Finally proper IPv6 support. Finally you can use this in "productive" home environments where you don't have a whole IPv4 subnet to distribute.
The embedded Linux distro OpenWRT has updated native IPv6 support – allowing devices to automatically pick up an IPv6 address, as well as an IPv4 one, from an ISP if possible. The release candidate is code-named “Barrier Breaker” and runs the Linux 3.10 kernel. OpenWRT 14.07's improved IPv6 support with DHCPv6 is useful for …
Now I actually have a reason to wipe and rebuild my WNDR3700V2. I OpenWRTed it a while back (well, the stock firmware is OpenWRT derivative anyways, but I wanted a more up-to-date one,) and then just sort of...left it. It doesn't preserve settings between updates.
This though...this is worth the update.
I only 'discovered' OpenWRT a couple of days ago and quickly dis-proved two beliefs I had about the software, I thought it was only useful if you need extra features not included in the manufacturer's firmware and that it was only for Linksys routers. how wrong I was.
I have a new TP-Link wireless AP. This thing had a weak signal that keeps dropping out and needing a reboot. I had tried everything to make it work reliably and was on the verge of chucking it out until I noticed that OpenWRT would run on it. The difference was noticable straight away, I have a much more stable network and can now even access it from further afield than before. I honestly don't know why TP-Link bothered trying to write their own FW, just ship the thing with OpenWRT, or have the installation instrictions as the first step in the manual ;)
Exactly, all of this.
Also, contrary to popular belief, this come with a full UI, and there is no real need to go command line even for advanced config*.
Nowadays, any time I need a router or WIFI AP, I just go to openwrt hardware list.
* one silly exception: no way to get the WIFI PSK from the UI, when connecting new stuff ...
I have been using OpenWRT on a "home brewed" router based on a Geode based industrial x86 cpu board with two ethernet ports, usb and two connectors for Laptop type WiFi modules or other gadgets for about seven years! It's so reliable I'm loath to upgrade! Unlike the various commercial routers I've used before (and since on other sites) it rarely needs a reboot.
I also have an older openWRT on an old Linksys box with PCMCIA slot that was adapted to have NiMH inside. It was a demo "proof of concept" Mobile WiFi hot spot in 2006 to 2008 with easy swap of off the shelf 3G PCMCIA modem and a pre-production 4G modem. The 4 +1 ethernet ports could be configure as simply a 5 port switch to "router" connected to PCMCIA card or partitioned networks or a router & firewall on a separate Broadband modem (DSL, Cable, Fixed Wiireless, Fibre etc).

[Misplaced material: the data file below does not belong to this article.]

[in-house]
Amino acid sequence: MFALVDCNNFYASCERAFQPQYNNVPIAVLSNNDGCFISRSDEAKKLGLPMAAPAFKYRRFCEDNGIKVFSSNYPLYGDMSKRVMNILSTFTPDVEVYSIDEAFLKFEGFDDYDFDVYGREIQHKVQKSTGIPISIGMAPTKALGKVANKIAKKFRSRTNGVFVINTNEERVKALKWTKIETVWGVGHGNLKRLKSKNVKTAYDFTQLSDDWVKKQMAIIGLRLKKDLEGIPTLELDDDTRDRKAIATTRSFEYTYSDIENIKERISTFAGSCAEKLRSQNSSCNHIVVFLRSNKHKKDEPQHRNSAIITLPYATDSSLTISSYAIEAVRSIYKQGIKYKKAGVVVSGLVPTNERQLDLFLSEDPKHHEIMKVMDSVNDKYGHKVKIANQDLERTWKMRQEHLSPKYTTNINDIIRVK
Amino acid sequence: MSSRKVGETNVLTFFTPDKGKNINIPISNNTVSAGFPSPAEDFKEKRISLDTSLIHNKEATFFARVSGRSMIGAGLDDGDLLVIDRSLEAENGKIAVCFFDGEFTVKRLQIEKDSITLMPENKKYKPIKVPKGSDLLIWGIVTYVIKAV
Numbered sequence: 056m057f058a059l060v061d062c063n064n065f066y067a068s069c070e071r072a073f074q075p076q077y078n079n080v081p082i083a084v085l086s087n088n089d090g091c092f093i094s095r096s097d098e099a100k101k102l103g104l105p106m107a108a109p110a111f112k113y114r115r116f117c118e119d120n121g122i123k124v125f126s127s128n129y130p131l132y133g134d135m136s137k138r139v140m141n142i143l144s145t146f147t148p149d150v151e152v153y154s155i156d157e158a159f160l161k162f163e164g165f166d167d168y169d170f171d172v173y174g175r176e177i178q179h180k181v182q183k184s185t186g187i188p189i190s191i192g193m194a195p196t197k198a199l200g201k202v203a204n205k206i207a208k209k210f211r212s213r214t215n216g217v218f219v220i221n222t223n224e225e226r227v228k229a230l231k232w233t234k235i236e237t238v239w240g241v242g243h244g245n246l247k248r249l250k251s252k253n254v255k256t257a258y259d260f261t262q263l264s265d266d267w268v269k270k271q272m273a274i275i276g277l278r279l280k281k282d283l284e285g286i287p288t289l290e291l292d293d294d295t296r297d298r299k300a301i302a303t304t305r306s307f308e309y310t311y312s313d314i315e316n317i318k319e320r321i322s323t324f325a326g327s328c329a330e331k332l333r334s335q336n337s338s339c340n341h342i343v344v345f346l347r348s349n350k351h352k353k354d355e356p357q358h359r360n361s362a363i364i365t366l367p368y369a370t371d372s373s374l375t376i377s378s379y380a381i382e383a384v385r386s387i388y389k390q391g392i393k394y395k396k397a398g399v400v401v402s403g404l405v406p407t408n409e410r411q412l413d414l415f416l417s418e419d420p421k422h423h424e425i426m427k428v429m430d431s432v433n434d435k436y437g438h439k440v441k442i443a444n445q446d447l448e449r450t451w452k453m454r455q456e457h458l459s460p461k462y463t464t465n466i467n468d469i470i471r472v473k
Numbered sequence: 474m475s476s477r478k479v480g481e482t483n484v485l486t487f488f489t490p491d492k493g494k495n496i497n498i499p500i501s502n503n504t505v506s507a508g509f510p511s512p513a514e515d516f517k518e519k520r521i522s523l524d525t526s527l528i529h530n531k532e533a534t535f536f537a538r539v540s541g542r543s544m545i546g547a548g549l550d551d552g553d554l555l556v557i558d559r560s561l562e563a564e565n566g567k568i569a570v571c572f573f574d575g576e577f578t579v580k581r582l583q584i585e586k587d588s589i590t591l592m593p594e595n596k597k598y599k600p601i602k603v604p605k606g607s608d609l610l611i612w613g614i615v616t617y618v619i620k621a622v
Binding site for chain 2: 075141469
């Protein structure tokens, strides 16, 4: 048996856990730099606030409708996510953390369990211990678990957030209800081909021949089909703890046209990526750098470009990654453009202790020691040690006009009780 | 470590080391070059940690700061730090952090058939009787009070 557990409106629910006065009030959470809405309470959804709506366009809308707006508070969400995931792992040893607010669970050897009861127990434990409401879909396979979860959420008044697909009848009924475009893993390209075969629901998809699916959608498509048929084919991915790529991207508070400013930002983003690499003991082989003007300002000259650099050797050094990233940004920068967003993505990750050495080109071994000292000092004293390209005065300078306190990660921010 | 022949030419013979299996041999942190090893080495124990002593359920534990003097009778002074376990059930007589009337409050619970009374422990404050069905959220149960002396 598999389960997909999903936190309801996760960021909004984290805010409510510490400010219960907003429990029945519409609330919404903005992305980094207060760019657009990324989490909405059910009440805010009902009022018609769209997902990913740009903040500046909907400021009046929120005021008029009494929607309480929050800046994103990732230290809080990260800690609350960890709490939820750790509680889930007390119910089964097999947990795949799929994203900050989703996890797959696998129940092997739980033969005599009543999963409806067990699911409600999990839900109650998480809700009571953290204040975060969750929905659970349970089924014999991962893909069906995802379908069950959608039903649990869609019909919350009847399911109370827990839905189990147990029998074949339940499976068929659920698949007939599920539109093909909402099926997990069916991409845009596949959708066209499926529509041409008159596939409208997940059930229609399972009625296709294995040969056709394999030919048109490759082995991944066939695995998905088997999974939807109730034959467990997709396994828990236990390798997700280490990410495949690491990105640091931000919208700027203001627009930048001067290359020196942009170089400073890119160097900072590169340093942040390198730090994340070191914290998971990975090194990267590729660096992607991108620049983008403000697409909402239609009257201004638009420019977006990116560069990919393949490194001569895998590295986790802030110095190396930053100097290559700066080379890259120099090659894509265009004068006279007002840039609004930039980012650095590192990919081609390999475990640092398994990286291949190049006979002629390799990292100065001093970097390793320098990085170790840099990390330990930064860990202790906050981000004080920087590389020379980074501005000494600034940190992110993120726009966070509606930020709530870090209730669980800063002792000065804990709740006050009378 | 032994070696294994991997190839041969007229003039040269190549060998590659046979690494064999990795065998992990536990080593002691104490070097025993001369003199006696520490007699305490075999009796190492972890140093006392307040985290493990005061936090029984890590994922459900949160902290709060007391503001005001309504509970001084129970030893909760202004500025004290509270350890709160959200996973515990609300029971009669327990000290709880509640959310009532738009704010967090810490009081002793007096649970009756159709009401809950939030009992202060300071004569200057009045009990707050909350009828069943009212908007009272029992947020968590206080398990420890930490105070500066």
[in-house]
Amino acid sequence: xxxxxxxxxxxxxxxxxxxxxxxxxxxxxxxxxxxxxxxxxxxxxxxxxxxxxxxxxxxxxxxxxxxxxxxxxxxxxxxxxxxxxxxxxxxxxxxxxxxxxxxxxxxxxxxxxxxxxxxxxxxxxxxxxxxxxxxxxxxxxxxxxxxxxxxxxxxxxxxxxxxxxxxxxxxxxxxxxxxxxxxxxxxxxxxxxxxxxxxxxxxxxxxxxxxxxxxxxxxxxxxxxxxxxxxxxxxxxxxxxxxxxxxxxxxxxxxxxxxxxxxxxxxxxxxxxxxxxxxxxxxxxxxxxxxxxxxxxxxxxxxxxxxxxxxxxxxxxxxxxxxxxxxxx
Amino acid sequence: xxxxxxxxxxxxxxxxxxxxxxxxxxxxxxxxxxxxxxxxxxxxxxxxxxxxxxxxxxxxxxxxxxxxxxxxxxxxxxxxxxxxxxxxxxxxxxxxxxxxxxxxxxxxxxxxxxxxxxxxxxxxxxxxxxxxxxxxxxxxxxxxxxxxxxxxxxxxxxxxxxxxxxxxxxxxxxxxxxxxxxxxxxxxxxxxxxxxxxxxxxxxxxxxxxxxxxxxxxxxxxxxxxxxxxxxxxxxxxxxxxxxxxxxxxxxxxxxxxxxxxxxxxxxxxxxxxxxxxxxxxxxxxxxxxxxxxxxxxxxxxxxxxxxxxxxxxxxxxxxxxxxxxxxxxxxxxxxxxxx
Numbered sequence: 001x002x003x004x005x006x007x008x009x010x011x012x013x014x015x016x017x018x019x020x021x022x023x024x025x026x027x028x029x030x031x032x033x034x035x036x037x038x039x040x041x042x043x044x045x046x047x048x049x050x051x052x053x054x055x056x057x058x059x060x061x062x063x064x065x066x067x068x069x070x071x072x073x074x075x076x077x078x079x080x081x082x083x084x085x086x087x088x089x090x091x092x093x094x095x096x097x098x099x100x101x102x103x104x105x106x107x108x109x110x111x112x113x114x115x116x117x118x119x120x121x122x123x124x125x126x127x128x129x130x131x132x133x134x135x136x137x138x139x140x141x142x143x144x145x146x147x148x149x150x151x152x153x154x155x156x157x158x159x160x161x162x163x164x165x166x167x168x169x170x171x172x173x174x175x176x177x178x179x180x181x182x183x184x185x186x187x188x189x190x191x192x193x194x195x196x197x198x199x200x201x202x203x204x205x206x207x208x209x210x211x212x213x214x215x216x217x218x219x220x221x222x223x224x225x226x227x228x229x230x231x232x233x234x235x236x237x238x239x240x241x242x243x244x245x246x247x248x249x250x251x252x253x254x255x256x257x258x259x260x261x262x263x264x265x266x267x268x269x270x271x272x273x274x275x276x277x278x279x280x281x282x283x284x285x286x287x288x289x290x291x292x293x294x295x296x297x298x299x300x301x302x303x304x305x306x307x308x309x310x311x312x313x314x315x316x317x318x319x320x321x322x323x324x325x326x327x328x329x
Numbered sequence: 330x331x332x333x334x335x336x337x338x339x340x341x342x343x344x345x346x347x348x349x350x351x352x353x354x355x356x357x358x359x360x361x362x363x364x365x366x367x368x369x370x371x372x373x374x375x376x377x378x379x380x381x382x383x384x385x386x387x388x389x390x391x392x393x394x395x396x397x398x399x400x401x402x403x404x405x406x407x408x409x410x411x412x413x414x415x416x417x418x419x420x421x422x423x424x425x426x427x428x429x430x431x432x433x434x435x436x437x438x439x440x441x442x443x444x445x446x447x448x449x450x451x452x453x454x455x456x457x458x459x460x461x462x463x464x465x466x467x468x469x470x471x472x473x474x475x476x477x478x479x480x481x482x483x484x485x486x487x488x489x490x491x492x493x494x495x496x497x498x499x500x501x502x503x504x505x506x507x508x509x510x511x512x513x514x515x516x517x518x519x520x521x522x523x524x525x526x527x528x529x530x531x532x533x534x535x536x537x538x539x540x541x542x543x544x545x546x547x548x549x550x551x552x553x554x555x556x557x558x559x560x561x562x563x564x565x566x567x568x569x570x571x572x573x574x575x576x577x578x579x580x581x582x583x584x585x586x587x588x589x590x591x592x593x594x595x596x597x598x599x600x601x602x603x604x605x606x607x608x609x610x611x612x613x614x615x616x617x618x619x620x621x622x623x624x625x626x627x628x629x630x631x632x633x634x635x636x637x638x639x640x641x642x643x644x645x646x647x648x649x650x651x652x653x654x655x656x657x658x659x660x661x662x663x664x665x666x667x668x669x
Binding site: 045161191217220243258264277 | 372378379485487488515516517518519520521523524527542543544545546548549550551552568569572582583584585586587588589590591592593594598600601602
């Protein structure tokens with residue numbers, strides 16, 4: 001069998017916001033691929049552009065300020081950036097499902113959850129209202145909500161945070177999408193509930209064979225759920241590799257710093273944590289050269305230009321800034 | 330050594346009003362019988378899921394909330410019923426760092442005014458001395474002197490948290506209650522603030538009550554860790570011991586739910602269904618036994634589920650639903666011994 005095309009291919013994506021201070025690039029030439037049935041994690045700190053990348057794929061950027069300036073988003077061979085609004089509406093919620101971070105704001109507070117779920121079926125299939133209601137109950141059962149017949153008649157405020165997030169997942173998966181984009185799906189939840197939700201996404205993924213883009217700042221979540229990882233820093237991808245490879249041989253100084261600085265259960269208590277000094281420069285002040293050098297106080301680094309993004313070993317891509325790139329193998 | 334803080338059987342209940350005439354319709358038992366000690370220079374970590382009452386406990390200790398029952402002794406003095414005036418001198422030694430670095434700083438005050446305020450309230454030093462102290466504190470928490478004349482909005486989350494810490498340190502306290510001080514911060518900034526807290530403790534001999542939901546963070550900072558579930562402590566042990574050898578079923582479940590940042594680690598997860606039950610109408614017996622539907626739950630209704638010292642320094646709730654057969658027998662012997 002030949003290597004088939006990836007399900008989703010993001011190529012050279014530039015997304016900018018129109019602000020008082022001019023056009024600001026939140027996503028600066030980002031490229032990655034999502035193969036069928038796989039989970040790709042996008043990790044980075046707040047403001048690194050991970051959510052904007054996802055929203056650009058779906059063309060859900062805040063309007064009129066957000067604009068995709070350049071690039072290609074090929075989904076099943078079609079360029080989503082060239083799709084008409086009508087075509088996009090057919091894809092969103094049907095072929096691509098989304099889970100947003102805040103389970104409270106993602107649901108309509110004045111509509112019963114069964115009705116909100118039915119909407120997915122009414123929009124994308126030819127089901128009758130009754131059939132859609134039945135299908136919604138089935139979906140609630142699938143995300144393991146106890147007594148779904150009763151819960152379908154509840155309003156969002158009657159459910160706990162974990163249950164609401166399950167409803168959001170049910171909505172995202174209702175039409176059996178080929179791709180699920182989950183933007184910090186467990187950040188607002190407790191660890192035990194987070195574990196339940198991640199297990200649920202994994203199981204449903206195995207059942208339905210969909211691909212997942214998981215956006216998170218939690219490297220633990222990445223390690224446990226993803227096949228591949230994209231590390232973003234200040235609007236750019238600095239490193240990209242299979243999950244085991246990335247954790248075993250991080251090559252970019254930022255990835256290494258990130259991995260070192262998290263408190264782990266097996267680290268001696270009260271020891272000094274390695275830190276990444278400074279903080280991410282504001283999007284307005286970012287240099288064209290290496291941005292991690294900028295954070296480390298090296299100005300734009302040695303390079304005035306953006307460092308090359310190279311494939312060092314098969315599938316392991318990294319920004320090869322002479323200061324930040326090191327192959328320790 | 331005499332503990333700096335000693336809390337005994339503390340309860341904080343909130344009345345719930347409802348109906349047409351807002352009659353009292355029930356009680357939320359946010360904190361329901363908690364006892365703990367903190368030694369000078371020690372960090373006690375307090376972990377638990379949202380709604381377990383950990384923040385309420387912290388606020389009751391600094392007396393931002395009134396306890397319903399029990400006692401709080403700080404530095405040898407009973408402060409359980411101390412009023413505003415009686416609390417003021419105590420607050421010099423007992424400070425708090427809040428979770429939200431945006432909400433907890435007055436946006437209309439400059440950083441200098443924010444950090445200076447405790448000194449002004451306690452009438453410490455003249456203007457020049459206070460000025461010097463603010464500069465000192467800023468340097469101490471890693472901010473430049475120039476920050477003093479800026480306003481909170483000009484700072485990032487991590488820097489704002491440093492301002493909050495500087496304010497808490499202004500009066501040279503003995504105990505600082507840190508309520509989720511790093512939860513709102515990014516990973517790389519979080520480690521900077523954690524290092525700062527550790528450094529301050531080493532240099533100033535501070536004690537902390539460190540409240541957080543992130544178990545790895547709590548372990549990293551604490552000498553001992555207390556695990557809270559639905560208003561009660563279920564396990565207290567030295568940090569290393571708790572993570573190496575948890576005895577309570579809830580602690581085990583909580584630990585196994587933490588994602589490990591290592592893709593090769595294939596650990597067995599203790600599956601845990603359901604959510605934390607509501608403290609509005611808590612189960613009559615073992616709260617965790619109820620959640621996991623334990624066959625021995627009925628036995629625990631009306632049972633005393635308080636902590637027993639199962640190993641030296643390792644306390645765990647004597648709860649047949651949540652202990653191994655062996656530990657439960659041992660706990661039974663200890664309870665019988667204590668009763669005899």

Sadly the later OpenWRT wasn't compatible with it as it was an old product only purchased because it had a PCMCIA slot.
A switch from original firmware to OpenWRT has improved signal quality and reach? Not very likely, though not entirely impossible...
Other than that, TP-Link hardware of the recent generation is a marvellous basis for OpenWRT. It runs very cool, has very few components apart from the Atheros SoC, this looks like a recipe for longevity. Only the 2-3 elyts could better be solid-poly (they're not) - I haven't found any other downside.
For outdoor setups I prefer Mikrotik gear (HW+FW) in a watertight aluminum box. And even the RB912 has classic Aluminum elyts... so I cannot really scorn TP-Link for not using solid-poly in their entry-level SoHo AP's.
I assure you the signal is very different. Before I could not connect to the network at all from outside the house. I was able to sit in the garden and work yesterday morning :)
I'm also a fan of Mikrotik, in fact I'd just ordered one of their boxes as a replacement AP when I had the brainwave of checking the OpenWRT compatibility. I now need to decide wether to send it back or keep it as a spare (you can never have too many spare bits of kit ;) )
OpenWRT has had patchy, per-device IPv6 support that appeared and disappeared depending on which build you used. The stuff that was in the trunk for most devices was crap and caused more problems than it solved.
If this is now Officially Supported on all officially supported devices, that is - in fact - Big News.
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